Alina Selyukh Alina Selyukh is a business correspondent at NPR, where she follows the path of the retail and tech industries, tracking how America's biggest companies are influencing the way we spend our time, money, and energy.
Alina Selyukh 2016
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Alina Selyukh

Alina Selyukh 2016
Stephen Voss/NPR

Alina Selyukh

Correspondent

Alina Selyukh is a business correspondent at NPR, where she follows the path of the retail and tech industries, tracking how America's biggest companies are influencing the way we spend our time, money, and energy.

Before joining NPR in October 2015, Selyukh spent five years at Reuters, where she covered tech, telecom and cybersecurity policy, campaign finance during the 2012 election cycle, health care policy and the Food and Drug Administration, and a bit of financial markets and IPOs.

Selyukh began her career in journalism at age 13, freelancing for a local television station and several newspapers in her home town of Samara in Russia. She has since reported for CNN in Moscow, ABC News in Nebraska, and NationalJournal.com in Washington, D.C. At her alma mater, Selyukh also helped in the production of a documentary for NET Television, Nebraska's PBS station.

She received a bachelor's degree in broadcasting, news-editorial and political science from the University of Nebraska-Lincoln.

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Citing "growing federal, state and local regulatory complexity and uncertainty regarding e-cigarettes," Walmart says it will stop selling electronic cigarettes. Justin Sullivan/Getty Images hide caption

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Justin Sullivan/Getty Images

Amazon CEO Jeff Bezos announces the company's climate initiative Thursday at the National Press Club in Washington, D.C. Paul Morigi/Getty Images for Amazon hide caption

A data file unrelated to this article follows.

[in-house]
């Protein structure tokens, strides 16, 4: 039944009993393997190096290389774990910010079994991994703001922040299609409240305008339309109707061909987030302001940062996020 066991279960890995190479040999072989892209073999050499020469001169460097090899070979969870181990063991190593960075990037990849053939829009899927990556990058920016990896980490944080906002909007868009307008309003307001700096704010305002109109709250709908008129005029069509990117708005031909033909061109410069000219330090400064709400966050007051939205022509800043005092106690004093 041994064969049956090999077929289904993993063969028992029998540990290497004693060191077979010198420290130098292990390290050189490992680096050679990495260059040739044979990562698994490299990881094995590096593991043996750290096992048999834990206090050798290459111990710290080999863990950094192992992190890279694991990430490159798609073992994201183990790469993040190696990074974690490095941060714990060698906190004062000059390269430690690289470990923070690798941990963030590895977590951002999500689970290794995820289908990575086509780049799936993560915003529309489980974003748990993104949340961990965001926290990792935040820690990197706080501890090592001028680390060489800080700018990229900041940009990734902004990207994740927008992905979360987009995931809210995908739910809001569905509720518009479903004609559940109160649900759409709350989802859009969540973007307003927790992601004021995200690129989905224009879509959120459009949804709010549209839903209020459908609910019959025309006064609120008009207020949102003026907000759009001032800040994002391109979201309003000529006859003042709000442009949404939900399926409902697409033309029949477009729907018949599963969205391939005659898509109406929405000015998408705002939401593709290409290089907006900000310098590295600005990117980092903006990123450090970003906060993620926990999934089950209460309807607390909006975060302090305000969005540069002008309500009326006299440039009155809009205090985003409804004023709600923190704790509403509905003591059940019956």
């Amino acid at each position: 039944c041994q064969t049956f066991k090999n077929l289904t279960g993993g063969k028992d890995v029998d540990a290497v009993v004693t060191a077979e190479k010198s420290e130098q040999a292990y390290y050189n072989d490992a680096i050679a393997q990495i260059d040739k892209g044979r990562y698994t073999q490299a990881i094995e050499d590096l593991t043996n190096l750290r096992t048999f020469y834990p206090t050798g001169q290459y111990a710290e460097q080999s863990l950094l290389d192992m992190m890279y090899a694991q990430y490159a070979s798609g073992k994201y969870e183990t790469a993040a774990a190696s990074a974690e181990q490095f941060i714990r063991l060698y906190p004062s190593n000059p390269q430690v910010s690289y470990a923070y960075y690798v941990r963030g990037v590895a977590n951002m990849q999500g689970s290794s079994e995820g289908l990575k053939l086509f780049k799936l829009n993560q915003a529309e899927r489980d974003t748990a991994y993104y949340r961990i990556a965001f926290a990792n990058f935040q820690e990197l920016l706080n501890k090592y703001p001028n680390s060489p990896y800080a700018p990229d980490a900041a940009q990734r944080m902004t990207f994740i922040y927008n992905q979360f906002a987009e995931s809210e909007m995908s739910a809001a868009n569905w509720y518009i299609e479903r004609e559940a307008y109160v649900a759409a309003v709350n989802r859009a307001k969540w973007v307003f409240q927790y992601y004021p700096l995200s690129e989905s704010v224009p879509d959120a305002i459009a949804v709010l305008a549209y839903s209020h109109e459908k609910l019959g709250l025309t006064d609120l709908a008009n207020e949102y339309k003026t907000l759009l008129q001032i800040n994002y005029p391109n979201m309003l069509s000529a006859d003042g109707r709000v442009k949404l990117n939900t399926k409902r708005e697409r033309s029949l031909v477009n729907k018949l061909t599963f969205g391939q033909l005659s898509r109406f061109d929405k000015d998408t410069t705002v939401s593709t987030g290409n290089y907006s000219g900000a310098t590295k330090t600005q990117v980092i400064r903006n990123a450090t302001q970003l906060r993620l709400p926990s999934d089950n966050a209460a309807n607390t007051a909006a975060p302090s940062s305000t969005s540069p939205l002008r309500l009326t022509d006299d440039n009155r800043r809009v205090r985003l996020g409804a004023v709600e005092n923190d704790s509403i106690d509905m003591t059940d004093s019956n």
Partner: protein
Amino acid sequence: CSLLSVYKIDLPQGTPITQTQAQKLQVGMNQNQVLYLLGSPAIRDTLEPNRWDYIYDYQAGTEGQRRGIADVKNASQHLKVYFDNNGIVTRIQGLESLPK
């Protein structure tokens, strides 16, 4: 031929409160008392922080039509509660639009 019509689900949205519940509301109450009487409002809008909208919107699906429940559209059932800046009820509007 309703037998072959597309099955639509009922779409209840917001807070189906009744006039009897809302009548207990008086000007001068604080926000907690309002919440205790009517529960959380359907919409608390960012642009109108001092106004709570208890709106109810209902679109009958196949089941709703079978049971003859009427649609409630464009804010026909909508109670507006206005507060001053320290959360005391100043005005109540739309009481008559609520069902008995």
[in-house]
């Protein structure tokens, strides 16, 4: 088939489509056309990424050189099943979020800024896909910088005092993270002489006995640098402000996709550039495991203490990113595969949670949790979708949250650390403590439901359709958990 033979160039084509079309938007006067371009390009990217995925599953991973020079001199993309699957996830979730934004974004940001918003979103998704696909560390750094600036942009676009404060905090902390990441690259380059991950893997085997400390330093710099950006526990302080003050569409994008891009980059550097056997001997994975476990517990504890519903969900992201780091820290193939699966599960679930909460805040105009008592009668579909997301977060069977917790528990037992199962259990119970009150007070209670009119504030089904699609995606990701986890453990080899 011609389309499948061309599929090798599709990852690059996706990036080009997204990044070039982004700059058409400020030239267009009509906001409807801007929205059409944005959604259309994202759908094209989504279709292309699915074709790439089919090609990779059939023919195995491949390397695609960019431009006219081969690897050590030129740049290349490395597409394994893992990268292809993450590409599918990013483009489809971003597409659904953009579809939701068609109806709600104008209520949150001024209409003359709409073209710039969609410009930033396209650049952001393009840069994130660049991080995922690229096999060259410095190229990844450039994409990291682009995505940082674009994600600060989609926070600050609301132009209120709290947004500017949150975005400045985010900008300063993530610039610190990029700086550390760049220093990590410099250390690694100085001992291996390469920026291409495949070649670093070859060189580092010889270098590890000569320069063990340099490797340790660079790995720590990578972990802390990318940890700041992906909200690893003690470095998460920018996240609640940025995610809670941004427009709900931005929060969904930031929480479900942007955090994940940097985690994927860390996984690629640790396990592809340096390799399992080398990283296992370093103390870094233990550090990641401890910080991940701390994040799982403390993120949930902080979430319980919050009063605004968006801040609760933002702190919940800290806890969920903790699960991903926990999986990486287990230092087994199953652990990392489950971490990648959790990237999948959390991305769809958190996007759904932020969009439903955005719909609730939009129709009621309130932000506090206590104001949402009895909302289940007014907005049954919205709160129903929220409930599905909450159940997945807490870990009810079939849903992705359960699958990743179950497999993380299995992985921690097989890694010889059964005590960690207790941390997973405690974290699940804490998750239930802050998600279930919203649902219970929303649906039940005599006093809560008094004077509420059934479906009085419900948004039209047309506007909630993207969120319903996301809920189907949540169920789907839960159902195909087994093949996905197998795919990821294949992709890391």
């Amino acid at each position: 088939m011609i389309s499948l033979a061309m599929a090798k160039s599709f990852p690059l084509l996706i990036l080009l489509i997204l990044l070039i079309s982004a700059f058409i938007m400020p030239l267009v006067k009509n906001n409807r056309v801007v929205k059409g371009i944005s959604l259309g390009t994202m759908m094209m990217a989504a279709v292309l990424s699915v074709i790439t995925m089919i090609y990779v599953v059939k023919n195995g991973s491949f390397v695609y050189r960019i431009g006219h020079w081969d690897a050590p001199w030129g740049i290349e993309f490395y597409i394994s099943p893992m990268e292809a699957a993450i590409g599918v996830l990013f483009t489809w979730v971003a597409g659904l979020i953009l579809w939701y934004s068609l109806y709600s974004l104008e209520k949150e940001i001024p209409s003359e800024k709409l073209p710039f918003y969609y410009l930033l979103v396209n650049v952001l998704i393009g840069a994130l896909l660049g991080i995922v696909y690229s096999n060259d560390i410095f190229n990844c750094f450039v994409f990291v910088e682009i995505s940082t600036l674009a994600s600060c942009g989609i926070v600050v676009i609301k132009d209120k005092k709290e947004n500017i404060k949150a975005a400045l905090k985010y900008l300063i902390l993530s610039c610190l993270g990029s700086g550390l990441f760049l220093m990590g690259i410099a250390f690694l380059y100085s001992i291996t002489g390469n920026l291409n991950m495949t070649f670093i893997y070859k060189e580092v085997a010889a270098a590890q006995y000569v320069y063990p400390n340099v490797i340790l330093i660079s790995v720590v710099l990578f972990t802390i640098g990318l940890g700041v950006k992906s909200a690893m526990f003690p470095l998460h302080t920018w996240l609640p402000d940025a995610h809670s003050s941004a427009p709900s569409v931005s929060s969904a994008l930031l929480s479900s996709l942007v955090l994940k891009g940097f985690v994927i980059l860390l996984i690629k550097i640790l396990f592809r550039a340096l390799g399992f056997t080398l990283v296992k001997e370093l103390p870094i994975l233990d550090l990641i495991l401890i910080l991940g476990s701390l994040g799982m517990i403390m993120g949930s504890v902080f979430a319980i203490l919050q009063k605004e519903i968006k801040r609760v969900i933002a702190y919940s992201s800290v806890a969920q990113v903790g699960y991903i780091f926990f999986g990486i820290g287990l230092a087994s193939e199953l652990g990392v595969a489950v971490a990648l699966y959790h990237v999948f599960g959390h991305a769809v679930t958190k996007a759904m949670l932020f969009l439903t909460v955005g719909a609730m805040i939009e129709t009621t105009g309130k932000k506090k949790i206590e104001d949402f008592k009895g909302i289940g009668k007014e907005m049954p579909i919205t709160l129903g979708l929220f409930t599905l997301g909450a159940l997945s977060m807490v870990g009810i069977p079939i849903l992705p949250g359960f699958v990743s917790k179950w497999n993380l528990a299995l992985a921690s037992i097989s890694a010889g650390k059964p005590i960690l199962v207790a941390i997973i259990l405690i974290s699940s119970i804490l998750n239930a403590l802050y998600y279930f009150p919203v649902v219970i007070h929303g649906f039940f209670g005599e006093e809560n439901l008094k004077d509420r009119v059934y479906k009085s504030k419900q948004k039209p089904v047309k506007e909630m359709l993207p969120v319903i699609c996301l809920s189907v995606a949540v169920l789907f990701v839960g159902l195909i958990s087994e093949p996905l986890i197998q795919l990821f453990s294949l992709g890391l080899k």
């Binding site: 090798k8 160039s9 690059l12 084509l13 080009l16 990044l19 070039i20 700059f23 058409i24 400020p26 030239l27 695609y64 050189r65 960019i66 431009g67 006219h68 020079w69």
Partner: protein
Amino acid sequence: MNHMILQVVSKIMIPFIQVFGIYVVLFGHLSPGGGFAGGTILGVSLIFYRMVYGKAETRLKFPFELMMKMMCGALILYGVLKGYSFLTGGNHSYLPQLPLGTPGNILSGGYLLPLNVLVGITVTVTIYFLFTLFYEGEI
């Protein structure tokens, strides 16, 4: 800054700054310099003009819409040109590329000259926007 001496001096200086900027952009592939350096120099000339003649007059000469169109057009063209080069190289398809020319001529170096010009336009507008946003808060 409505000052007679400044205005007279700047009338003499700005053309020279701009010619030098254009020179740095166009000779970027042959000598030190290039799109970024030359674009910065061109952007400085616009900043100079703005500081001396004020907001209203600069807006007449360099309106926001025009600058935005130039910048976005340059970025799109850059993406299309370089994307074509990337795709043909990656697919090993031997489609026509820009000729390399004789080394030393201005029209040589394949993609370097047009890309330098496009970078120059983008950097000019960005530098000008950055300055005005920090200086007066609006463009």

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Paul Morigi/Getty Images for Amazon

Amazon Makes 'Climate Pledge' As Workers Plan Walkout

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NPR Shopping Cart Economics: How Prices Changed At A Walmart In 1 Year

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A Walmart logo forms part of a sign outside a Walmart store, Tuesday, Sept. 3, 2019, in Walpole, Mass. Walmart is going back to its folksy hunting heritage and getting rid of anything that's not related to a hunting rifle after a mass shooting this summer. Steven Senne/AP hide caption

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Steven Senne/AP

Walmart Curbs Ammunition Sales, Calls For Stronger Background Checks

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Lord & Taylor Sold To Online Clothing Rental Startup For $100 Million

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Used Clothing Offers Fresh Hope For 2 Struggling Department Stores

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Frog meat is among the many items imported from China that had been facing tariffs in a few weeks, but now the tariffs are delayed until December. Emmanuelle Bonzami/EyeEm/Getty Images hide caption

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U.S. Makes Another Move To Shut Out Huawei

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FedEx Is Breaking Up With Amazon, Ending Ground-Shipping Contract

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Gun Control Advocates Call For Big Box Stores To Stop Selling Guns And Ammunition

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Defense Secretary Mark Esper is re-examining a cloud computing contract worth up to $10 billion, the Pentagon said Thursday. Chip Somodevilla/Getty Images hide caption

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Pentagon Pauses $10 Billion Contract That Embroiled Amazon In Controversy

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Rural Wireless Carriers Are Challenging T-Mobile And Sprint Merger

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A woman walks past a Google sign in San Francisco. The Justice Department is launching an antitrust review of major online companies. The DOJ did not name the firms, but there have been increasing calls to regulate companies like Google, Facebook and Amazon. Jeff Chiu/AP hide caption

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A Beyond Meat burger is displayed at a Carl's Jr. restaurant in San Francisco. The rise of meat alternatives made from plants, as well as meat grown from animal cells in labs, has sparked new laws on food labeling. Justin Sullivan/Getty Images hide caption

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What Gets To Be A 'Burger'? States Restrict Labels On Plant-Based Meat

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